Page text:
“You look at these iconic images of breakfast and they immediately say to the guest, ‘oh, I should go there for cereal.’ They’re not hunting around the breakfast area going, ‘where’s the cereal?’” adds Ray.

Now that guests have more room to move, and signage to guide them, how do they gather their meals as quickly as possible?

“We had to break the entire breakfast down into its components, which came down to stations,” Beck says.

Breakfast stations at Embassy Suites consist of:

  1. Cooked-to-order and hot buffet stations (omelets, pancakes, bacon, sausage).
  2. Beverage stations (coffee, milk, juice, soft drinks).
  3. Cereal station.
  4. Fruit station.
  5. Toast and pastry stations (muffins, bagels, donuts, Danish, bread).

Each station was given new equipment and a fresh layout designed to erase flow problems.

“We looked at a lot of ways to speed up that process by making sure all of our hotels had interchangeable pieces. Most of the displayware on the market was never designed to work with the back of the house,” Beck says.

Embassy Suites worked with Cal-Mil to customize specific pieces of equipment to meet the new standards, including:

  • Three-tiered bread and pastry cases. The cases have display trays customized to a half-sheet pan size so they can be swapped immediately with full trays from the back of the house, creating a seamless exchange.
  • Bulk cereal dispensers. Empties are swapped with full containers from the back of the house, just like the pastry trays.
  • Three-tiered pitcher racks to hold pitchers of half and half, skim and 2 percent milk.
  • The racks create a streamlined appearance, and eliminate the need for PC creamers.
  • Three-tiered tea caddies with removable inserts. Duplicate inserts are filled in the back of the house and exchanged for empty ones.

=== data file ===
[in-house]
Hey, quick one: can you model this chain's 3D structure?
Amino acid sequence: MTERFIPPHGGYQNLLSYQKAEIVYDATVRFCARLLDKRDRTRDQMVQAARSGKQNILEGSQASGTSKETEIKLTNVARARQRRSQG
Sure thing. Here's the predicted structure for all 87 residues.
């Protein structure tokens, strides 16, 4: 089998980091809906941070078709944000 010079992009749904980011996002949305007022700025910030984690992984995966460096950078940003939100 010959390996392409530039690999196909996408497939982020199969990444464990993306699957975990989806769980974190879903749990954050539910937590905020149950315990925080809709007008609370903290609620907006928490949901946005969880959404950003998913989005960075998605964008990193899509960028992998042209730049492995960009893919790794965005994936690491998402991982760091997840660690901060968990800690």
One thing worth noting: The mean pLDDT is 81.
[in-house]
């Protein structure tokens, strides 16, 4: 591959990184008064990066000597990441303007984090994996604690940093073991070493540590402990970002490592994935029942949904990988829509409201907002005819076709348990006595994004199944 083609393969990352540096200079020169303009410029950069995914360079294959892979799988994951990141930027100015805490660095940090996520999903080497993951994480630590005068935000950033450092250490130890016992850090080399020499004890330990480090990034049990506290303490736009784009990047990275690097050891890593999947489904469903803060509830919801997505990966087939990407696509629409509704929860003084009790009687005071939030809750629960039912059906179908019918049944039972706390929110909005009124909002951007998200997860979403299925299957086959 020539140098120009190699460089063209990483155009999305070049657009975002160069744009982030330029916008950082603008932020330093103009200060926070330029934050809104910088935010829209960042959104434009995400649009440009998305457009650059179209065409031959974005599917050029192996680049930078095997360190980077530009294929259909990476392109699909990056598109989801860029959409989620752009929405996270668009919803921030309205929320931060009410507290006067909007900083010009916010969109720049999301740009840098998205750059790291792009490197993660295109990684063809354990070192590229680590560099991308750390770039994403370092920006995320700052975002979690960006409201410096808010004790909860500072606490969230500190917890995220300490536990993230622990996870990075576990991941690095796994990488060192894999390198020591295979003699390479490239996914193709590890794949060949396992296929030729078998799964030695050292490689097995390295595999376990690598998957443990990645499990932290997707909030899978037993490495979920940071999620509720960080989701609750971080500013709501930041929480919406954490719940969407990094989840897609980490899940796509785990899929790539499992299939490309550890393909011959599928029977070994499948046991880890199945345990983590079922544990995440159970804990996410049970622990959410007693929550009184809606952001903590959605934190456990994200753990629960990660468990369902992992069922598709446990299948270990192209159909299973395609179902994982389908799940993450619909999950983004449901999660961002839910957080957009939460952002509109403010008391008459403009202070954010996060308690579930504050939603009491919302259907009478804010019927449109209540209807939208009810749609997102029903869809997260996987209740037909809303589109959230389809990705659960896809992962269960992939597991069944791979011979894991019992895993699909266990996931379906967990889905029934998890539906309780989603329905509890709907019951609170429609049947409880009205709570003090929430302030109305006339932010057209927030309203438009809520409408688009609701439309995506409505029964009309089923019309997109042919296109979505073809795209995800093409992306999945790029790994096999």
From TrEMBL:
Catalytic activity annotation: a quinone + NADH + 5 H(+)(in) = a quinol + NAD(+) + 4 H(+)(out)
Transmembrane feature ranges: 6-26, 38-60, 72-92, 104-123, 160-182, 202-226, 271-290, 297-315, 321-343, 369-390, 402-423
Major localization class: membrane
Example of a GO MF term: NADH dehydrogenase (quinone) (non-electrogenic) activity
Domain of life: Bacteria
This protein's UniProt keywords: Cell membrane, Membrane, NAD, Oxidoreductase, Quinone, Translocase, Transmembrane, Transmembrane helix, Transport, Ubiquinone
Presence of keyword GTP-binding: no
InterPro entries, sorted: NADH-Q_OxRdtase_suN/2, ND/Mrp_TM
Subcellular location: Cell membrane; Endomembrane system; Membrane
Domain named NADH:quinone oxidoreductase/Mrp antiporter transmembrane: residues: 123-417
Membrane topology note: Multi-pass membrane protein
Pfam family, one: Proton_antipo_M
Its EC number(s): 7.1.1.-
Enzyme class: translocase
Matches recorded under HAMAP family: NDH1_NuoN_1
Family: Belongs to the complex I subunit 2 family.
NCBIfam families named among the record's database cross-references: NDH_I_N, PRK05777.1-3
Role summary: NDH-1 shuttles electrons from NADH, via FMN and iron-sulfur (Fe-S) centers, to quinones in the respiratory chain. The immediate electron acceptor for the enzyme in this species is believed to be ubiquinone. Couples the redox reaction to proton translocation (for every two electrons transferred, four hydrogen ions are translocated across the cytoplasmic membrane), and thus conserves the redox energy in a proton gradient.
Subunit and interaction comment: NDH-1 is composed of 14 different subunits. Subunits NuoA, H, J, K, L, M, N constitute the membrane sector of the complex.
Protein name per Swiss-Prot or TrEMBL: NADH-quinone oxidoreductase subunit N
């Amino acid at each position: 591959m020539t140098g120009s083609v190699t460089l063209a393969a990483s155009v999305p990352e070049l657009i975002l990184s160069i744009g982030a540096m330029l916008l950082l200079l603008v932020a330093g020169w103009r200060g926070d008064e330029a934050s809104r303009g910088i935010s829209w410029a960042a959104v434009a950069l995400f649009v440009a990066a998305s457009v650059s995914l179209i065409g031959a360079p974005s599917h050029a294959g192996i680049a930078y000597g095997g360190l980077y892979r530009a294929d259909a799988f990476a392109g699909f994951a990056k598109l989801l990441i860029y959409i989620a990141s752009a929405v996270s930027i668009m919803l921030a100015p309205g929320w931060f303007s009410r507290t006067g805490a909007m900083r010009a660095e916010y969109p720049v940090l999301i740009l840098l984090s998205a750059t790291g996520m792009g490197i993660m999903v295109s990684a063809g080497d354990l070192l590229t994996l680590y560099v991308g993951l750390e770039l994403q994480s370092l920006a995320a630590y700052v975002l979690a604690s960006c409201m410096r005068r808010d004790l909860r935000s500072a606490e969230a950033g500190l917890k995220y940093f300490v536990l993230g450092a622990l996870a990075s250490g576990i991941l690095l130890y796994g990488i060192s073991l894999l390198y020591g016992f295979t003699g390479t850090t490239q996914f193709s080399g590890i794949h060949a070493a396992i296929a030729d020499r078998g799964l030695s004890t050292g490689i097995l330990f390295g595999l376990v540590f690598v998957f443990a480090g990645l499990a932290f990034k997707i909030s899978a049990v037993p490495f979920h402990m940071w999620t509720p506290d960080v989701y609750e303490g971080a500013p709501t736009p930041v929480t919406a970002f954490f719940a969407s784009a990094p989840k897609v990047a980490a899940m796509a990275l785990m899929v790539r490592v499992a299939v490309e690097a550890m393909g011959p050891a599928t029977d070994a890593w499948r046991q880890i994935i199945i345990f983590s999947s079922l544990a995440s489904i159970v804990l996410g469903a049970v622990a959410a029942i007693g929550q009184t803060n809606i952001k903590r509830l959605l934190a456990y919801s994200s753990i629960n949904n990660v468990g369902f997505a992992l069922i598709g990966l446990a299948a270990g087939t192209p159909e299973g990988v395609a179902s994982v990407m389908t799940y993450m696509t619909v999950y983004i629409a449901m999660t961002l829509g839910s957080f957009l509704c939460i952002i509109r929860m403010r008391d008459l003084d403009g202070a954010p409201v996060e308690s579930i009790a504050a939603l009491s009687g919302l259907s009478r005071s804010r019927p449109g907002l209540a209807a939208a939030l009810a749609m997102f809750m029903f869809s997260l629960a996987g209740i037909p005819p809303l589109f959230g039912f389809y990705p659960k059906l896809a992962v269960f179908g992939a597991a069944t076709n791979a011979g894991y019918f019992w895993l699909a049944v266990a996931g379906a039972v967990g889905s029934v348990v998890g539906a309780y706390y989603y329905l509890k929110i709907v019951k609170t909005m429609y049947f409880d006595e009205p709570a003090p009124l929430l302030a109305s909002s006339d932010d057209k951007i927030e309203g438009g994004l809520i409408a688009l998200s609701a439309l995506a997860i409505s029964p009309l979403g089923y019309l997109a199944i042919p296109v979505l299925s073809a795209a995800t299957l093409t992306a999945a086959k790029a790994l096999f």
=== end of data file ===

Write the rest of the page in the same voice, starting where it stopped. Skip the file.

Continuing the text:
• Three- and four-tiered condiment bowl stands, which hold everything from sugar packets to omelet ingredients. Extra bowls are filled in the back of the house and swapped for empty ones. Beck says using tiered stands brings everything closer to the customer’s eye level so they can spot what they need faster, and cuts down clutter and mess at each station.

Other notable changes include:

  • Custom seven-inch omelet rings by American Metalcraft. These let chefs create more omelets simultaneously in less space and fit perfectly on the nine-inch Embassy Suites plates.
  • No bundled silverware. Each station gets only the silverware needed there. For example, the cereal station gets spoons, and the toast station gets knives. This lets the guest “one-stop shop” without waiting in line.
  • The coffee station was split in two. One is for the actual java, the other is where customers can add cream, sugar and all the extras. Guests who just want their coffee black don’t have to wait for other guests to finish customizing their beverage.
Embassy Suites introduced the Embassy Ambassador program to coincide with the rollout. The Embassy Ambassador is a manager who acts as a “walking concierge” during breakfast, greeting guests and answering questions. Beck says this has had the biggest positive impact on their scores since last April.

The “fresh colors” applied to the breakfast program have not only raised guest scores but, according to Holthouser, have also raised employee satisfaction scores. They’re excited to be part of the buzz surrounding the changes.

“At the end of the day, we’re in business to maximize profits. You can always get better. I don’t think we’ll ever be satisfied until we’re at 100 percent occupancy, at the highest possible rates, and we’re drawing the highest possible level of customer satisfaction,” says Holthouser.

Michael Costa is a Chicago-based freelance writer covering the hospitality industry.